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Miscellaneous Technical Subjects

From American Horologist magazine, October 1938

Miscellaneous Technical Subjects 

Subject 1 - 0iling Fork 
There is friction in the roller jewel and fork action. In order to reduce this as much as possible, the very smallest amount of oil placed in the fork has been found to help maintain a steadier rate after the watch has run for several months.

In order not to get too much oil on the fork use a pointed peg wood moistened with oil. Place the peg wood at points as outlined in the drawing. Under no circumstances put oil on the jewel pin or on the horns of the fork. Do not get oiling at this point confused with the method as used in oiling the train or balance jewels, as very little oil must be used in fork, whereas the balance of the watch must be well lubricated. The inside of the fork must always be moistened with a little oil.

If it is done properly it is a good thing, if carelessly done it is not.

Subject 2 - Mainsprings
Don't fail to provide yourself with the best mainspring winder than can be obtained. See that the hooks on all arbors of the winders are no longer than the thickness of the smallest spring, thus avoiding kinking, and therefore, unnecespary mainspring breakage.

Don't use a mainspring that is too long, because it fills the barrel and prevents it from making the required number of revolutions, with the consequence that the watch will not run as long as it shou1d after each winding.

Don't use a mainspring that is too strong because it will set, thereby increasing the chances of breakage and probable injury to the watch.

Don't forget that a mainspring should not occupy more than 1/3 the diameter of the barrels, thus leaving 2/3 to be divided between the arbor and winding space, to enable the watch to run at least 36 hours.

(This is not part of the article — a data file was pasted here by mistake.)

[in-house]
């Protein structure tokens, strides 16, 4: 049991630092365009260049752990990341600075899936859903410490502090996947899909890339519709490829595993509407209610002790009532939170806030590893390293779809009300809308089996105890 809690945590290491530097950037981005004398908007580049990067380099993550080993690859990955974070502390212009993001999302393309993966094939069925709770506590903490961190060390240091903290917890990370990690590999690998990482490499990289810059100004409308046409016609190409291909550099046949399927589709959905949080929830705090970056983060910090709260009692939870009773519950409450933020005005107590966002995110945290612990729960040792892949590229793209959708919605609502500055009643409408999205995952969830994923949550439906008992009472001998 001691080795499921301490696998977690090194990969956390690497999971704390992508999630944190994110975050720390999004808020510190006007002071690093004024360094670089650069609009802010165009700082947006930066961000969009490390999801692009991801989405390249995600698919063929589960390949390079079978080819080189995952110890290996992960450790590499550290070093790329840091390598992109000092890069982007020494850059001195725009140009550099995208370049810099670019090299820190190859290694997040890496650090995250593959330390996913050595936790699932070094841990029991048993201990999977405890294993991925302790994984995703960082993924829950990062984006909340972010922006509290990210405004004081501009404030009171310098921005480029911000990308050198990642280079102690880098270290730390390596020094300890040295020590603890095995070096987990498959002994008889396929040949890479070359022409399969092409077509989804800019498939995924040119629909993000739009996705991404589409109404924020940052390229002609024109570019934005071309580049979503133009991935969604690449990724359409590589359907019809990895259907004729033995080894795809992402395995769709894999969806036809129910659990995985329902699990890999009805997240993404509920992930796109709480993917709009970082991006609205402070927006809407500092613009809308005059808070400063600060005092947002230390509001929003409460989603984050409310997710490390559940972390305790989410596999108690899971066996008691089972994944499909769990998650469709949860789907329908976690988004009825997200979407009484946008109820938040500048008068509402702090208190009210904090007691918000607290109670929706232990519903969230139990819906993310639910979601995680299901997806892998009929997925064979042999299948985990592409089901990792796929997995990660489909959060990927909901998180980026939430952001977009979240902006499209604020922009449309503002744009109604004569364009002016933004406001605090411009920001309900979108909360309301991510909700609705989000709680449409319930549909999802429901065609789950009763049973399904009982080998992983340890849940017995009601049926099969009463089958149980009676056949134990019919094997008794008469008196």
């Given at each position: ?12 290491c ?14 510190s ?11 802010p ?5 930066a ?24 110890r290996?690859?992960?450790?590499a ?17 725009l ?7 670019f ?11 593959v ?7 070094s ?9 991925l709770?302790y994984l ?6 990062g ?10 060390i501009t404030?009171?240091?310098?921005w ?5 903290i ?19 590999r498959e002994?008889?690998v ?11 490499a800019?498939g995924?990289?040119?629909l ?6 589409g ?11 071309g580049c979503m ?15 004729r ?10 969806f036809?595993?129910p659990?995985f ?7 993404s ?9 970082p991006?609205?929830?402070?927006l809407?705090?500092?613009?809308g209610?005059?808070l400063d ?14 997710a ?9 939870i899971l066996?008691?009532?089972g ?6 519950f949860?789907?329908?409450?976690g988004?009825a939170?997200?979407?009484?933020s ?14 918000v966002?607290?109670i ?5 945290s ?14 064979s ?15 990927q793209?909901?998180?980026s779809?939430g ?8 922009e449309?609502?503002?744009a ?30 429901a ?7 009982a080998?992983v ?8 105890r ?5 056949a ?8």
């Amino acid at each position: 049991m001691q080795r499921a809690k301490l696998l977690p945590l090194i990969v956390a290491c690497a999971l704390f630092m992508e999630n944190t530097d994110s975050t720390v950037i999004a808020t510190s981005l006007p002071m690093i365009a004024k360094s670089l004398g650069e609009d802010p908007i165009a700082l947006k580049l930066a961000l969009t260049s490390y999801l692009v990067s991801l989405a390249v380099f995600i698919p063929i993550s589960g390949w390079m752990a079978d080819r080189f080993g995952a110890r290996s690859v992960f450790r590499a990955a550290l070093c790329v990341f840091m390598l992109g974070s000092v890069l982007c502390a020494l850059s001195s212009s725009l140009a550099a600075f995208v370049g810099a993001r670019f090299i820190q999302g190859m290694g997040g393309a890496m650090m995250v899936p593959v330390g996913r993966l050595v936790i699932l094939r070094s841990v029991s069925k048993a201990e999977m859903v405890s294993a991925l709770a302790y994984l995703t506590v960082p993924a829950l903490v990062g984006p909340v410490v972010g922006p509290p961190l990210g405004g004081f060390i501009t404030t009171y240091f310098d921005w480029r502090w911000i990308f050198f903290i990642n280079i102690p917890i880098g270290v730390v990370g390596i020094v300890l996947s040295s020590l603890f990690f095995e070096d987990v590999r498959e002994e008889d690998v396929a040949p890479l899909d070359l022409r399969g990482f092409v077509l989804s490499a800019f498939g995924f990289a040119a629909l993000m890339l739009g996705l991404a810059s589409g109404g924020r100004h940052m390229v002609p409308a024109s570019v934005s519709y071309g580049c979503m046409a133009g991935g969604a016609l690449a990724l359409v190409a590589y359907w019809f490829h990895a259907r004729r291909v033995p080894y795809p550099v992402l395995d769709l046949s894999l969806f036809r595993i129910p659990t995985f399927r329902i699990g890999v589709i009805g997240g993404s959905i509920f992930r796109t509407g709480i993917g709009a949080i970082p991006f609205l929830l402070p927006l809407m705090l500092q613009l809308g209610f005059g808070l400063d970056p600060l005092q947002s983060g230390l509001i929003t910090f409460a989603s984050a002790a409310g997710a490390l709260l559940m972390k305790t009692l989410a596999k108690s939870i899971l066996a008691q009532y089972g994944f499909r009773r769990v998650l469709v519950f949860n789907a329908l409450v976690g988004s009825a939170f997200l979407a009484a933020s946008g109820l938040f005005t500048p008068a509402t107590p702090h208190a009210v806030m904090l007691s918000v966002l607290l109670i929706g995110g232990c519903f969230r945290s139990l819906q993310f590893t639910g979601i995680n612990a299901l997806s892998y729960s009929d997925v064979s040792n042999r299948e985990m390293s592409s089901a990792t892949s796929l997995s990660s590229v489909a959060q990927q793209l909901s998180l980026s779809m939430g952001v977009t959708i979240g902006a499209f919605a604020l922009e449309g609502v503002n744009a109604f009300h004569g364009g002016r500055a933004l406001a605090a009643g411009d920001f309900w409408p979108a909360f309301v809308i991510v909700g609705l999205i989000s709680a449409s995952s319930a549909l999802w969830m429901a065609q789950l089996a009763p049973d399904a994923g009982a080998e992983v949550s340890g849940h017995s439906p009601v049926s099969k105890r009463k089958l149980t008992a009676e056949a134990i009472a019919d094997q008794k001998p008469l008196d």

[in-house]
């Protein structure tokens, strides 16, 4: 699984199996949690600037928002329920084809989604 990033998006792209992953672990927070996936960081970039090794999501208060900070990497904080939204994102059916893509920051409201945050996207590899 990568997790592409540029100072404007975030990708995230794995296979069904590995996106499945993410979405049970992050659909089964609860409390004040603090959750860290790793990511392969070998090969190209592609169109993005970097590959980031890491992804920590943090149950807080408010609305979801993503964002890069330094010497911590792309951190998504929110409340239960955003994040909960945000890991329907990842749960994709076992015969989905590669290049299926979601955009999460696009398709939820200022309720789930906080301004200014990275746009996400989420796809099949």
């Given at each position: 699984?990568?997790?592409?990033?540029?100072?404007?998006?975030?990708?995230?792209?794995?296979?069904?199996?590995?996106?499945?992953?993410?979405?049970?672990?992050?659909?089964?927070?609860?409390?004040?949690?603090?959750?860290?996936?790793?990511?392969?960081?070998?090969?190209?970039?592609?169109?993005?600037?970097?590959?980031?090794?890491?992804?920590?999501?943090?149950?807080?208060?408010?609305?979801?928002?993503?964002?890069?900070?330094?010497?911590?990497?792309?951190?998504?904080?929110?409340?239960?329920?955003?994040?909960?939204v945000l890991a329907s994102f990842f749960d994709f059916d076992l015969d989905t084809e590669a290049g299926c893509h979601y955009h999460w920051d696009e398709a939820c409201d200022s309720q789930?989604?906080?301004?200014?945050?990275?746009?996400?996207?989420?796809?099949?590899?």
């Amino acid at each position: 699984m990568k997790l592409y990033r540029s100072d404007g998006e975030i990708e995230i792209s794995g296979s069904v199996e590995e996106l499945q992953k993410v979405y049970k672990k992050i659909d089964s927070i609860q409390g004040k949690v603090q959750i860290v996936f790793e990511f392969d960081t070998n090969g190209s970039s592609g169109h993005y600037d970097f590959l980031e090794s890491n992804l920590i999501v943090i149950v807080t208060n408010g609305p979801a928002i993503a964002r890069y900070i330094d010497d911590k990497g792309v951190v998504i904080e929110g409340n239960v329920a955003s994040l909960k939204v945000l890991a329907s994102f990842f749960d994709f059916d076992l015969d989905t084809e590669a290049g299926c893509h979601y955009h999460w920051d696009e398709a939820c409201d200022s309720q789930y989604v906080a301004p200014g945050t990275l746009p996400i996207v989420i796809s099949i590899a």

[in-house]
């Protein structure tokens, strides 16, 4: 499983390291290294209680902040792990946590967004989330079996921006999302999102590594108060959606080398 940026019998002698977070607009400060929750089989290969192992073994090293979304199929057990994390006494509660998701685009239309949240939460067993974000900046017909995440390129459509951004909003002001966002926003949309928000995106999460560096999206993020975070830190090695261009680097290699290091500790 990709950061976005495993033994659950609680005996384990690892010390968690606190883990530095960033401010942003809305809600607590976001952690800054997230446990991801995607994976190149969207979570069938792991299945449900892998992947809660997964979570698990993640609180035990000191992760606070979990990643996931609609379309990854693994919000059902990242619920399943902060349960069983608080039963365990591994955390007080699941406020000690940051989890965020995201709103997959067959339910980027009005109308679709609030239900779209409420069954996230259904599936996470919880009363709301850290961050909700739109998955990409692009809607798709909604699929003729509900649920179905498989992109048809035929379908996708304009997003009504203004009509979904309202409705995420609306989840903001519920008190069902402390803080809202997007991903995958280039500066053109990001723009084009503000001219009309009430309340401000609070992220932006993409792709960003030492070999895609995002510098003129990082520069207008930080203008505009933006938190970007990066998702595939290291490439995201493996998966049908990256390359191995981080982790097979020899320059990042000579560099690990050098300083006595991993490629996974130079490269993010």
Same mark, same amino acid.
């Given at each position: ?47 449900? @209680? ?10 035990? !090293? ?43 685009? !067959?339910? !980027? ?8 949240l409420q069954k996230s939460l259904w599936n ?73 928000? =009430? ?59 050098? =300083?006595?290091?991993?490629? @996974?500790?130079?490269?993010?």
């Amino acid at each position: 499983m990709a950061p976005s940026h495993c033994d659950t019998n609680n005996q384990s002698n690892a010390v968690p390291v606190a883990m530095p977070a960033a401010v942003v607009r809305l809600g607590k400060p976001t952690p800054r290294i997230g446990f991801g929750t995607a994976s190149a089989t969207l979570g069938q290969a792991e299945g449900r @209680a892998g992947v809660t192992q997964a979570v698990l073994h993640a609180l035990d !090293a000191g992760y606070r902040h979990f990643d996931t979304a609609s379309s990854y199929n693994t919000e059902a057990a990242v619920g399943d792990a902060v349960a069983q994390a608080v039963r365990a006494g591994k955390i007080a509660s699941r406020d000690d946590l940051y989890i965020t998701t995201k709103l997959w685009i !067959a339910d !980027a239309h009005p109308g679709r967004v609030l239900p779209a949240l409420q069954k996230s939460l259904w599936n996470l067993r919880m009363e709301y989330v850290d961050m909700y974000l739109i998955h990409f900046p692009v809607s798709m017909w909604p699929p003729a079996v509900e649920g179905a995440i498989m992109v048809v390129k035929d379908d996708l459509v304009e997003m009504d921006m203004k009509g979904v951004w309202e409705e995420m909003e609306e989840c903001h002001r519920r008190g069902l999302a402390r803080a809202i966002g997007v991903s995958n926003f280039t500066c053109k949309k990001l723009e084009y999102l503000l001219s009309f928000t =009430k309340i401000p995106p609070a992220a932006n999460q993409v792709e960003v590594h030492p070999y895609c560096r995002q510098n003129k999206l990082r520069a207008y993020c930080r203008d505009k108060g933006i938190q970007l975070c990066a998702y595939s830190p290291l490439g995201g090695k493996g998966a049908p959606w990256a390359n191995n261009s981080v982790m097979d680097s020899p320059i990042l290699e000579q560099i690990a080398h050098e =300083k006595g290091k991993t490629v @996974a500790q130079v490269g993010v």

Don't expect a mainspring to be flat if put in the barrel with the fingers. This method usually injures the spring, giving it a conical form, thereby increasing the friction in the barrel.

Don't expect a watch that needs a thorough cleaning, to run satisfactorily by merely putting in a new mainspring.

Subject 3 - Magnetism
Did you ever have a watch that simply would not time at all, and many good hours had been spent in trying to find the cause of it?

Make it a rule to test every watch you handle for magnetism. A small compass placed on top of the balance bridge, over the balance wheel, when the watch is running, will indicate by a vibrating motion if the balance is polarized.

If it is, the watch, case and all, should be put through a demagnetizer to remove all trace of magnetism.  (N ote: All material distributors carry one or more makes of demagnetizers.)

Subject 4 - Parallel Plier
How often has a balance wheel been put out of true by adding balance screws, washers or by turning the mean-time screws?

It always has been a delicate operation not to disturb the balance, especially in thin pocket and small wrist watches.

A plier, adapted with a rocker to one jaw will always close parallel, thus holding the balance in a firm position, when removing the balance screws or adding some weight to the balance. 

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